• HB 13-1202 – Concerning Counseling by Medicaid Providers Relating to Medical Orders for Scope of Treatment, by Reps. Cheri Gerou and Mark Ferrandino and Sen. John Kefalas. The bill allows reimbursement for Medicaid providers who offer counseling regarding medical orders for scope of treatment.

Finally, on April 18, 2013, Governor Hickenlooper signed four bills into law. They are summarized here.

  • HB 13-1060 – Concerning Raising the Maximum Fine that may be Assessed by a Municipal Court, by Rep. Mike McLachlan and Sen. Linda Newell. The bill raises the maximum fine that may be assessed by a municipal court and allows for adjustments for inflation.
  • HB 13-1147 – Concerning Voter Registration Facilitated by State Institutions of Higher Education, by Rep. Jovan Melton and Sen. Linda Newell. The bill requires state institutions of higher education to provide a link to voter registration for students who are registering online for classes, and to provide information about voter registration if the institution does not use online registration.
  • HB 13-1179 – Concerning Deadlines for State Agencies to Submit Documents Related to Appropriations to the Joint Budget Committee, by Rep. Claire Levy and Sen. Pat Steadman. The bill requires state agencies to submit budget requests by certain deadlines.
  • HB 13-1243 – Concerning Factual Findings Included in Parenting Time Orders, by Rep. Dave Young and Sen. Jessie Ulibarri. The bill requires courts to submit specific facts to support endangerment of child in orders that restrict parenting time.

For a complete list of the governor’s 2013 legislative decisions, click here.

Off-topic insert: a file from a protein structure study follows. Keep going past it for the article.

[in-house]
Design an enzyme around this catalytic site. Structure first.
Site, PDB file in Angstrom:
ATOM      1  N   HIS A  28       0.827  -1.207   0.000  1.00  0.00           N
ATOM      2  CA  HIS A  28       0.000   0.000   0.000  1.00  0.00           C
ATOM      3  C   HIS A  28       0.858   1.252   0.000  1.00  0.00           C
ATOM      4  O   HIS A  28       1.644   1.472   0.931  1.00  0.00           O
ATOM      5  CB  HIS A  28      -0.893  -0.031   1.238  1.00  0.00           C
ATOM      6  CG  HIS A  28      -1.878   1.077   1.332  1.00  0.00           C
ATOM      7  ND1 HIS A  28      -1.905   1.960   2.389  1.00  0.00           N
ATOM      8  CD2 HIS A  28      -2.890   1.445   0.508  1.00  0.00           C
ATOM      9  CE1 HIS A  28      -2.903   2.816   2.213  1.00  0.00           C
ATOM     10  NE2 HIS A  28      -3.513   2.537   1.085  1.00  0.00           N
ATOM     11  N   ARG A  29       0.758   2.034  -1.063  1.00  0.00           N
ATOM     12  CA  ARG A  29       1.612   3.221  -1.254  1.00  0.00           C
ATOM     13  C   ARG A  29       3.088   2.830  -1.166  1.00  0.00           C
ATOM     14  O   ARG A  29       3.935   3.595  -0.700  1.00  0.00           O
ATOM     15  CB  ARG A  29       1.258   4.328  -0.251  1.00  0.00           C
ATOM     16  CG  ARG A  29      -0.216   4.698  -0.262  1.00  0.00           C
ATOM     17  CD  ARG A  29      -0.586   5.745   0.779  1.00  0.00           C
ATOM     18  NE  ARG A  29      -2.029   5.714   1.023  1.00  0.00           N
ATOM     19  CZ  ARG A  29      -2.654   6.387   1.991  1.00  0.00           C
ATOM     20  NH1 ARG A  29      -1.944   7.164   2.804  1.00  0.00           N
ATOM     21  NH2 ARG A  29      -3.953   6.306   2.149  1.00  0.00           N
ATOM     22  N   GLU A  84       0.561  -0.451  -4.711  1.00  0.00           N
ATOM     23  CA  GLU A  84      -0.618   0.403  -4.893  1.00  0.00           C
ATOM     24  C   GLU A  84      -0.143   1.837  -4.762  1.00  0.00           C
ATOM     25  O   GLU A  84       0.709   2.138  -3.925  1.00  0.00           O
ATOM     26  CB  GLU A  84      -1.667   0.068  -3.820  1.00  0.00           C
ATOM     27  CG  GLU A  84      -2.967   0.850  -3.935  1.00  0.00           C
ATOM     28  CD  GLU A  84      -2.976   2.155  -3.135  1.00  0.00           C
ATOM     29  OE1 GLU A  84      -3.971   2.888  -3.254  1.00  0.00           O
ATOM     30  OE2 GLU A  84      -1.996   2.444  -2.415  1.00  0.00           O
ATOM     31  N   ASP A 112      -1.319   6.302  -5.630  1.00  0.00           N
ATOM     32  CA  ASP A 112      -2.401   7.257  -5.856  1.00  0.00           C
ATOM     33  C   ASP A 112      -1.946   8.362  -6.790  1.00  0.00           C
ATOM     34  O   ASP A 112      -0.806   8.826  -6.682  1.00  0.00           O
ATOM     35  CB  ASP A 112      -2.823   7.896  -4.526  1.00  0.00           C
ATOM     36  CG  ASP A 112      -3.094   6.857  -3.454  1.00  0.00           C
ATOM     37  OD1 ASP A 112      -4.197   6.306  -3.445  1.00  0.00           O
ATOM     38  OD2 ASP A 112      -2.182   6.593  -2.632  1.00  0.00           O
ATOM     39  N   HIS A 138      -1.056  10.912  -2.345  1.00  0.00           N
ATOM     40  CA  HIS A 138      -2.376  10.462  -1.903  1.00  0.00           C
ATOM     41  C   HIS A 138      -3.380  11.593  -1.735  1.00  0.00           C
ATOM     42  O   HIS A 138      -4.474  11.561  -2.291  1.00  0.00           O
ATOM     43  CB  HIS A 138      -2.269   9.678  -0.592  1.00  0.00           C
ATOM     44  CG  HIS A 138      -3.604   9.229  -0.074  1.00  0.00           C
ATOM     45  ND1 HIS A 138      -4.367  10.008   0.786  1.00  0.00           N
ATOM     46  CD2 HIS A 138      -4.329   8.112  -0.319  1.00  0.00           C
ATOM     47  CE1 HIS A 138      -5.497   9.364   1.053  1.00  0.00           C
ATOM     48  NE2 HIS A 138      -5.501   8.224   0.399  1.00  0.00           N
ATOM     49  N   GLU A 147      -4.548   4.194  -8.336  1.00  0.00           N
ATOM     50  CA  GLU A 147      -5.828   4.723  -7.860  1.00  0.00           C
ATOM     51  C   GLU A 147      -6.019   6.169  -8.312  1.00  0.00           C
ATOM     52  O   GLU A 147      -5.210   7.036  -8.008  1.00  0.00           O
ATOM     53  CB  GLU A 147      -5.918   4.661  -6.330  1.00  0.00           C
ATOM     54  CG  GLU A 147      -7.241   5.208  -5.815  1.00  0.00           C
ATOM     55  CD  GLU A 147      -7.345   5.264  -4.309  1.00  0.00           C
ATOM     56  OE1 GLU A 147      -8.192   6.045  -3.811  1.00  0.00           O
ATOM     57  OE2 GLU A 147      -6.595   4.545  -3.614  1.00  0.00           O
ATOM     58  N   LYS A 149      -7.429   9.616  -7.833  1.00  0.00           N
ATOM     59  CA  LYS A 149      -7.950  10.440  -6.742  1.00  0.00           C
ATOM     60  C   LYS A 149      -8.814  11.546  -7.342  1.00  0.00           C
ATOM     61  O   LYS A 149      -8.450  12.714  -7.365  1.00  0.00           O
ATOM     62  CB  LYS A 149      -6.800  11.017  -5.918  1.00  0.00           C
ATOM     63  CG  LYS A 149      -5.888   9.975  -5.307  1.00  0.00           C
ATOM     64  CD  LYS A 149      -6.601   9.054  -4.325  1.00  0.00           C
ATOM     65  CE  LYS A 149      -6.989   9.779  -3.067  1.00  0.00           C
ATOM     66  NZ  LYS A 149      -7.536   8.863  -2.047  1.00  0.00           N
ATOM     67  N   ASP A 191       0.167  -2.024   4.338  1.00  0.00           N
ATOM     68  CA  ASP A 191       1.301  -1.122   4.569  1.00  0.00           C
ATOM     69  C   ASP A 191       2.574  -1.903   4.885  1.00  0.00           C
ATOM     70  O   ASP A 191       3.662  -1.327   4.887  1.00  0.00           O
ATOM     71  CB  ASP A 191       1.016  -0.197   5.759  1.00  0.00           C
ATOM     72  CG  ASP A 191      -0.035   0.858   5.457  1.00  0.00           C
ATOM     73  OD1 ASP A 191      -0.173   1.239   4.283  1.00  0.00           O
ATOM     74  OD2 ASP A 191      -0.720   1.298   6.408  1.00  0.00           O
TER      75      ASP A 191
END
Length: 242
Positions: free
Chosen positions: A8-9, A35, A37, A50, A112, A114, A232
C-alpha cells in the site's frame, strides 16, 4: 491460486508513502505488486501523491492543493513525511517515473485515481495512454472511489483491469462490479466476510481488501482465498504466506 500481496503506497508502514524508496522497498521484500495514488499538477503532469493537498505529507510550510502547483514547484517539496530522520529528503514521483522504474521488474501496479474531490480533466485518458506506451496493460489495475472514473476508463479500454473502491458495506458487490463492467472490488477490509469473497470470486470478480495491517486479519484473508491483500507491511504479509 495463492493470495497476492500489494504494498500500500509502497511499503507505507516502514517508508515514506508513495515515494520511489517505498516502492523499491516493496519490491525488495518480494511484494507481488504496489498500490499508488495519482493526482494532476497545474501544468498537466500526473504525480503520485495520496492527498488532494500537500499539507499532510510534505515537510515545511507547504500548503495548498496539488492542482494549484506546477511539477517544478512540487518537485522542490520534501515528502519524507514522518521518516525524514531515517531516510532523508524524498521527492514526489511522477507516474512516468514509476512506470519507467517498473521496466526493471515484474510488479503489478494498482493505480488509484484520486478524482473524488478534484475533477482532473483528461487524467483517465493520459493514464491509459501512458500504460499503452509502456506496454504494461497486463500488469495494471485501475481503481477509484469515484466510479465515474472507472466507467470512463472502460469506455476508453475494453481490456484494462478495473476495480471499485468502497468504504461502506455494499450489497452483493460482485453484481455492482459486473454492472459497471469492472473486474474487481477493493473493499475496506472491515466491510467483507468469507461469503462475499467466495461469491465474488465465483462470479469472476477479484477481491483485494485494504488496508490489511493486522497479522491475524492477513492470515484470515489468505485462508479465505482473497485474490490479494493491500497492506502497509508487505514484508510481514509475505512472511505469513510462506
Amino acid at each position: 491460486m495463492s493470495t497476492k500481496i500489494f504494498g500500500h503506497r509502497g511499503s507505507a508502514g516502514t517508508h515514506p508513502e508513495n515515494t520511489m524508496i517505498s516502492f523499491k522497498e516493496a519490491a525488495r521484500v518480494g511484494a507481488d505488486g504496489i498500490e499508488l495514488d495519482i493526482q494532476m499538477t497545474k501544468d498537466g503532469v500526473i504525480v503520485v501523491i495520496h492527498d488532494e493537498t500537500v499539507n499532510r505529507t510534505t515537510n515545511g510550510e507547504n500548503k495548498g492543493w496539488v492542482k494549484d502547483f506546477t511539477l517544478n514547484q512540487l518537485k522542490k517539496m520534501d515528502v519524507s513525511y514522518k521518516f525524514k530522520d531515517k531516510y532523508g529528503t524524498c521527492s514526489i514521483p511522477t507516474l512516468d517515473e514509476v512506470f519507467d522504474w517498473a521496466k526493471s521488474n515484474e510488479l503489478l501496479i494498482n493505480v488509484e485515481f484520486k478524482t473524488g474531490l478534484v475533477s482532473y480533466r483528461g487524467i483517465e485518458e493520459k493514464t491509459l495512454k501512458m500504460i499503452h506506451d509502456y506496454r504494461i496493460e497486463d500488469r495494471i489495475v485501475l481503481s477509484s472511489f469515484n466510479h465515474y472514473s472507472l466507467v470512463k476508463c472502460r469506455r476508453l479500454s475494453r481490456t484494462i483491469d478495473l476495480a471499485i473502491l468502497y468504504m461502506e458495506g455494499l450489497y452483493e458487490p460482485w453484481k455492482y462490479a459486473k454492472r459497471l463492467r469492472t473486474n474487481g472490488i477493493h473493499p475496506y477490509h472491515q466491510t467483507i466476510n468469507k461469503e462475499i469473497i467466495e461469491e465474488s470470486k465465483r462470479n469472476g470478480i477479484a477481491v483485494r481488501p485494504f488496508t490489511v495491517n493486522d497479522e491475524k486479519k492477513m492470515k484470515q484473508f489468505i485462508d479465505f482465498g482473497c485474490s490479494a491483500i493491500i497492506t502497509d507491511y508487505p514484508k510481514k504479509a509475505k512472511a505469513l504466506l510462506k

HB 13-1124: Changing Colorado’s Unemployment Insurance Laws In Order to Comply with Federal Law

On January 18, 2013, Rep. Dan Pabon and Sen. Cheri Jahn introduced HB 13-1124 – Concerning the Reduction of Improper Unemployment Insurance Benefit Payments Through Compliance with the Federal “Trade Adjustment Assistance Extension Act of 2011,” and, in Connection Therewith, Making an AppropriationThis summary is published here courtesy of the Colorado Bar Association’s e-Legislative Report.

As a result of amendments made to the federal “Unemployment Tax Act” and “Social Security Act” by the federal “Trade Adjustment Assistance Extension Act of 2011,” in order to keep Colorado’s unemployment insurance system in compliance with federal law, the bill makes the following changes to the state unemployment insurance laws:

  • Requires that employer accounts be charged when an individual is erroneously paid benefits if the overpayment occurred as a result of an employer’s failure to provide timely information and the division of unemployment insurance establishes a pattern of this behavior by the employer; and
  • Increases the penalty on fraudulent overpayments and requires 23 percent of the penalty to be deposited in the unemployment compensation fund and the remainder into the unemployment revenue fund.

On March 1, the House amended the bill and passed it on 2nd Reading; 3rd Reading is expected on Monday, March 4.

Since this summary, the bill passed Third Reading in the House.